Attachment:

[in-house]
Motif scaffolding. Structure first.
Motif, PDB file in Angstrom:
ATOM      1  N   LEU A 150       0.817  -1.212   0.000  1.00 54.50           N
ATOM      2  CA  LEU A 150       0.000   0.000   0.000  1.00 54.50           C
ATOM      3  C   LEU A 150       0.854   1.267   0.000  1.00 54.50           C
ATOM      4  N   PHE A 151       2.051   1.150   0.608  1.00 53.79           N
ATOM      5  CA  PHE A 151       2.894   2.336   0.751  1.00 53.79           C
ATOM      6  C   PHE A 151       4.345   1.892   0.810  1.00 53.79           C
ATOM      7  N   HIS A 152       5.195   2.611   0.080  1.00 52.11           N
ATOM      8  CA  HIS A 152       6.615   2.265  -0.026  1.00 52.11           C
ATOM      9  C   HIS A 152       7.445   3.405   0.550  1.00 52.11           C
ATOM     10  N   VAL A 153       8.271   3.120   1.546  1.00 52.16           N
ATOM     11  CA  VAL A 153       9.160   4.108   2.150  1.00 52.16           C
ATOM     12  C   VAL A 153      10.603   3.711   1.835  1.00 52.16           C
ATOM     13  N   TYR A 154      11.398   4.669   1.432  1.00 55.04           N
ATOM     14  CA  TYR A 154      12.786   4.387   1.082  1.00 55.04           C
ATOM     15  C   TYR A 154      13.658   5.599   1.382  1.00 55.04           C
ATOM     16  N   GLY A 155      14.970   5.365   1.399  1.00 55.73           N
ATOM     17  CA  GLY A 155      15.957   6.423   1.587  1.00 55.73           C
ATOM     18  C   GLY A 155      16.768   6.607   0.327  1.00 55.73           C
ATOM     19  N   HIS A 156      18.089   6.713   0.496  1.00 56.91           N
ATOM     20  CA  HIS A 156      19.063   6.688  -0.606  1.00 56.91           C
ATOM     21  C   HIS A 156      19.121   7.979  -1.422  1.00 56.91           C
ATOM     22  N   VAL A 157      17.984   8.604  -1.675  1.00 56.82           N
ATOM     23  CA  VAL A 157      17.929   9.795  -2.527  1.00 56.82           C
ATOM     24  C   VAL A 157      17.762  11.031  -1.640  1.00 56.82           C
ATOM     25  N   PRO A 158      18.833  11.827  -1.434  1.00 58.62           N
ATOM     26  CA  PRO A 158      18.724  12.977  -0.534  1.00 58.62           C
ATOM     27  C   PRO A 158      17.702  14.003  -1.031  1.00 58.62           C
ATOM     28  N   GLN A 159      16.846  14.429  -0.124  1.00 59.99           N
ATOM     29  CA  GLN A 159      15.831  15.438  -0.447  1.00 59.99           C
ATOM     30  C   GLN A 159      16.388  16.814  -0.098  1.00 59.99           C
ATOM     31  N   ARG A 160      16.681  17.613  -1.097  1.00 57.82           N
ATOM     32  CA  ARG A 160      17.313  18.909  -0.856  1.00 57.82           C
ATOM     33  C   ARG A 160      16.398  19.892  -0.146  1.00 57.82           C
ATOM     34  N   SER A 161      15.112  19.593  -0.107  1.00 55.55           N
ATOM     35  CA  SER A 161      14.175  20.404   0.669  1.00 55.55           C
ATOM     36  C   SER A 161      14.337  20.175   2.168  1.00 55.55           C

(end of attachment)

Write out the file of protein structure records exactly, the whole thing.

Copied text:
[in-house]
Motif scaffolding. Structure first.
Motif, PDB file in Angstrom:
ATOM      1  N   LEU A 150       0.817  -1.212   0.000  1.00 54.50           N
ATOM      2  CA  LEU A 150       0.000   0.000   0.000  1.00 54.50           C
ATOM      3  C   LEU A 150       0.854   1.267   0.000  1.00 54.50           C
ATOM      4  N   PHE A 151       2.051   1.150   0.608  1.00 53.79           N
ATOM      5  CA  PHE A 151       2.894   2.336   0.751  1.00 53.79           C
ATOM      6  C   PHE A 151       4.345   1.892   0.810  1.00 53.79           C
ATOM      7  N   HIS A 152       5.195   2.611   0.080  1.00 52.11           N
ATOM      8  CA  HIS A 152       6.615   2.265  -0.026  1.00 52.11           C
ATOM      9  C   HIS A 152       7.445   3.405   0.550  1.00 52.11           C
ATOM     10  N   VAL A 153       8.271   3.120   1.546  1.00 52.16           N
ATOM     11  CA  VAL A 153       9.160   4.108   2.150  1.00 52.16           C
ATOM     12  C   VAL A 153      10.603   3.711   1.835  1.00 52.16           C
ATOM     13  N   TYR A 154      11.398   4.669   1.432  1.00 55.04           N
ATOM     14  CA  TYR A 154      12.786   4.387   1.082  1.00 55.04           C
ATOM     15  C   TYR A 154      13.658   5.599   1.382  1.00 55.04           C
ATOM     16  N   GLY A 155      14.970   5.365   1.399  1.00 55.73           N
ATOM     17  CA  GLY A 155      15.957   6.423   1.587  1.00 55.73           C
ATOM     18  C   GLY A 155      16.768   6.607   0.327  1.00 55.73           C
ATOM     19  N   HIS A 156      18.089   6.713   0.496  1.00 56.91           N
ATOM     20  CA  HIS A 156      19.063   6.688  -0.606  1.00 56.91           C
ATOM     21  C   HIS A 156      19.121   7.979  -1.422  1.00 56.91           C
ATOM     22  N   VAL A 157      17.984   8.604  -1.675  1.00 56.82           N
ATOM     23  CA  VAL A 157      17.929   9.795  -2.527  1.00 56.82           C
ATOM     24  C   VAL A 157      17.762  11.031  -1.640  1.00 56.82           C
ATOM     25  N   PRO A 158      18.833  11.827  -1.434  1.00 58.62           N
ATOM     26  CA  PRO A 158      18.724  12.977  -0.534  1.00 58.62           C
ATOM     27  C   PRO A 158      17.702  14.003  -1.031  1.00 58.62           C
ATOM     28  N   GLN A 159      16.846  14.429  -0.124  1.00 59.99           N
ATOM     29  CA  GLN A 159      15.831  15.438  -0.447  1.00 59.99           C
ATOM     30  C   GLN A 159      16.388  16.814  -0.098  1.00 59.99           C
ATOM     31  N   ARG A 160      16.681  17.613  -1.097  1.00 57.82           N
ATOM     32  CA  ARG A 160      17.313  18.909  -0.856  1.00 57.82           C
ATOM     33  C   ARG A 160      16.398  19.892  -0.146  1.00 57.82           C
ATOM     34  N   SER A 161      15.112  19.593  -0.107  1.00 55.55           N
ATOM     35  CA  SER A 161      14.175  20.404   0.669  1.00 55.55           C
ATOM     36  C   SER A 161      14.337  20.175   2.168  1.00 55.55           C